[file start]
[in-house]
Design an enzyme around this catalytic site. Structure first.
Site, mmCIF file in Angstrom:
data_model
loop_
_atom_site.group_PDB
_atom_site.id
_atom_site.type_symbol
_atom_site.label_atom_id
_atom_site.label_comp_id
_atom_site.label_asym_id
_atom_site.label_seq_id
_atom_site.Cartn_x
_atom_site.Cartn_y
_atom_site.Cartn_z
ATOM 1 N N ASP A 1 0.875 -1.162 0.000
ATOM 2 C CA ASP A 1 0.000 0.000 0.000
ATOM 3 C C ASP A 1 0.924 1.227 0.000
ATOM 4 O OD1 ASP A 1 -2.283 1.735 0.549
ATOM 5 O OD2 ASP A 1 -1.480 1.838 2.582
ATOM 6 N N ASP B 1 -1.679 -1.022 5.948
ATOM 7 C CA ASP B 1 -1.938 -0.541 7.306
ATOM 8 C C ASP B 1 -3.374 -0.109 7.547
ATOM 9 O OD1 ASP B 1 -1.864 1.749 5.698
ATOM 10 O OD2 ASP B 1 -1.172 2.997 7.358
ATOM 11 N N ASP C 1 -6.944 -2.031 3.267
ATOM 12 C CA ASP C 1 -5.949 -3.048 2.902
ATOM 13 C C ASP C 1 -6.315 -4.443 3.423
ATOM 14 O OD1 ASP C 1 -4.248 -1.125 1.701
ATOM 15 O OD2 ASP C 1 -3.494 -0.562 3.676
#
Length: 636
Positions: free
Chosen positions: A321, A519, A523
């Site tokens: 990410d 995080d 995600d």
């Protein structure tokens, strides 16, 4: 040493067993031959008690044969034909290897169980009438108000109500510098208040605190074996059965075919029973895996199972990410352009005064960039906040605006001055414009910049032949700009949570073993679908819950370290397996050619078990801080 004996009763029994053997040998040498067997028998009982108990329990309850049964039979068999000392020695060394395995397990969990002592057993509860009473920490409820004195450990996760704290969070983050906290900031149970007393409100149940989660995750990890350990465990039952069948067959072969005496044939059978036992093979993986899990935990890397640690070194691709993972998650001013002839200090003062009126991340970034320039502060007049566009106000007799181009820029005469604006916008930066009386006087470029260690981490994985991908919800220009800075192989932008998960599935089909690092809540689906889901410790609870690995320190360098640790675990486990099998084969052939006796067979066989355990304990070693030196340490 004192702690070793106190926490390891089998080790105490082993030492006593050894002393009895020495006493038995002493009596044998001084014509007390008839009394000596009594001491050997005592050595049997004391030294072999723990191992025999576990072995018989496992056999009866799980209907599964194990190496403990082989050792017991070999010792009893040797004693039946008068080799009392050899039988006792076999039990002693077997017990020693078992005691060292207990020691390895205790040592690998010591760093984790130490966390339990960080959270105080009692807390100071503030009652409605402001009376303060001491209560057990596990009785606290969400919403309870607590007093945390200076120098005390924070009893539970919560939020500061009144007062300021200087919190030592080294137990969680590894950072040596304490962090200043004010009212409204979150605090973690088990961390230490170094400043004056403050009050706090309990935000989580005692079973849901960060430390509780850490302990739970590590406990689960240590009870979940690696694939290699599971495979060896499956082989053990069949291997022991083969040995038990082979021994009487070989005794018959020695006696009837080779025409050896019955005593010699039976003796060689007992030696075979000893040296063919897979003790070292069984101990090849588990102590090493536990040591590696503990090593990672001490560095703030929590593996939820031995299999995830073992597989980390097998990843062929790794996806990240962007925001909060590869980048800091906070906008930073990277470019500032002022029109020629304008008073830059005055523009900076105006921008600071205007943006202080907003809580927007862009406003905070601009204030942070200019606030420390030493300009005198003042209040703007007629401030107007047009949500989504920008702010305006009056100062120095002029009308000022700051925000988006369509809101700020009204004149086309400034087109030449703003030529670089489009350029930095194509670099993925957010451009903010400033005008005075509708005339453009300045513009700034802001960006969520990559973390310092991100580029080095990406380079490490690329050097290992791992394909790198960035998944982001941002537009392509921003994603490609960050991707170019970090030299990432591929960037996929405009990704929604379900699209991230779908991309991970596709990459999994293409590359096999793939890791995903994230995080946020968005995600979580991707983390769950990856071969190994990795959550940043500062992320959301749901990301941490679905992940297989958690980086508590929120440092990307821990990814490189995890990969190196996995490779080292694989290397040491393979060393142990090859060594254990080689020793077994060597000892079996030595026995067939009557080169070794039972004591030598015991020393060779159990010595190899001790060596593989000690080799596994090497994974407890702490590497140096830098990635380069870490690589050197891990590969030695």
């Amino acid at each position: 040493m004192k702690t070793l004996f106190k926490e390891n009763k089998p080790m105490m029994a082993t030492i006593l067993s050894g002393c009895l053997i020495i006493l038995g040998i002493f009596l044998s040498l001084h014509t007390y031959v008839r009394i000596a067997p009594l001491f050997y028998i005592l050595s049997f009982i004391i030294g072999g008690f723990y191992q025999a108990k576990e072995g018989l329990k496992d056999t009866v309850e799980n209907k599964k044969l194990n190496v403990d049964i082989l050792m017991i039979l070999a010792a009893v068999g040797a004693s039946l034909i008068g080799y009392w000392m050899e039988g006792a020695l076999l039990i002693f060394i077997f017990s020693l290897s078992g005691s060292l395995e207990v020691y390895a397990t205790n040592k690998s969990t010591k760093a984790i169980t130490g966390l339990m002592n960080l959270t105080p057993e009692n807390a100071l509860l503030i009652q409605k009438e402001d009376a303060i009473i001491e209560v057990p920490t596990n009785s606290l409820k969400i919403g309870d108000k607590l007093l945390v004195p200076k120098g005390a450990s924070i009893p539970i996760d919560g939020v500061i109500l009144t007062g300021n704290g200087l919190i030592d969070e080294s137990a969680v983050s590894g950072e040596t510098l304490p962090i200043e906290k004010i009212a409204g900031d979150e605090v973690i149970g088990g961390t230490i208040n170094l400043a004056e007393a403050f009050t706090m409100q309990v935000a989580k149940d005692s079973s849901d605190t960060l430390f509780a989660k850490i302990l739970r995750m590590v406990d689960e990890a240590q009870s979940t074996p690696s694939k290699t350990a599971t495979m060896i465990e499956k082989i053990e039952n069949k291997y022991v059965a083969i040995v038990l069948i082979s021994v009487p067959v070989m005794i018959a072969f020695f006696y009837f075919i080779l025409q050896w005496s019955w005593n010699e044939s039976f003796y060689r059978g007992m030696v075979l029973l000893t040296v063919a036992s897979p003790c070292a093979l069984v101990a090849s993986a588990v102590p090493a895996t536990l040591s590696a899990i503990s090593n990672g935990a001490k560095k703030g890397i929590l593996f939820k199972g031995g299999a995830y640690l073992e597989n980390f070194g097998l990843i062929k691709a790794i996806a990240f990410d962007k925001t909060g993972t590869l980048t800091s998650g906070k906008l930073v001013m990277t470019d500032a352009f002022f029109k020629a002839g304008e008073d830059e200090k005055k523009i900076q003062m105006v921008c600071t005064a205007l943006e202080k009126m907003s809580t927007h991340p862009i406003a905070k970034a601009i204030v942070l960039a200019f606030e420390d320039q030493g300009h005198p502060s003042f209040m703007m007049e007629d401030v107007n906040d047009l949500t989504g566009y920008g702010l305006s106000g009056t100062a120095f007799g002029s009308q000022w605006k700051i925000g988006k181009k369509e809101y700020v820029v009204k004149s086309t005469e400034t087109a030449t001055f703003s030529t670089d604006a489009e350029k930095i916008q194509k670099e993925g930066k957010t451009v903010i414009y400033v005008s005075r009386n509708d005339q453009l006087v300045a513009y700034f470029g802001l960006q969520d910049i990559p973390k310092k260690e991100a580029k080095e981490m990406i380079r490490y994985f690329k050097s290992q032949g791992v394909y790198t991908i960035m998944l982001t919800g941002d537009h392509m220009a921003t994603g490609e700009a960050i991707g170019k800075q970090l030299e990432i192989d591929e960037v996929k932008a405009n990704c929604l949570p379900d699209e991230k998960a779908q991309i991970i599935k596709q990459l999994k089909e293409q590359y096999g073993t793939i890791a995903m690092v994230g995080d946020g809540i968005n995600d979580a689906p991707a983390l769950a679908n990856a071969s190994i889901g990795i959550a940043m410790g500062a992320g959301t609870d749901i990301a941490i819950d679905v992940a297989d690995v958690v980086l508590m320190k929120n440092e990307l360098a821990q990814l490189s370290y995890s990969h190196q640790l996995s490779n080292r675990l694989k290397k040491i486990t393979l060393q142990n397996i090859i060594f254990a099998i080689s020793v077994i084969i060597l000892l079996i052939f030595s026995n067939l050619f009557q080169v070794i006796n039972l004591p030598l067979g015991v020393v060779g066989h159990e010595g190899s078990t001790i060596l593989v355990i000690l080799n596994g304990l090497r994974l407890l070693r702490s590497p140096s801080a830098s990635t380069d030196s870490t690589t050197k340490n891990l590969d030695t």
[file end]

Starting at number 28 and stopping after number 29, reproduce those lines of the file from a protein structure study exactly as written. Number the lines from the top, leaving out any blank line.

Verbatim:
ATOM 13 C C ASP C 1 -6.315 -4.443 3.423
ATOM 14 O OD1 ASP C 1 -4.248 -1.125 1.701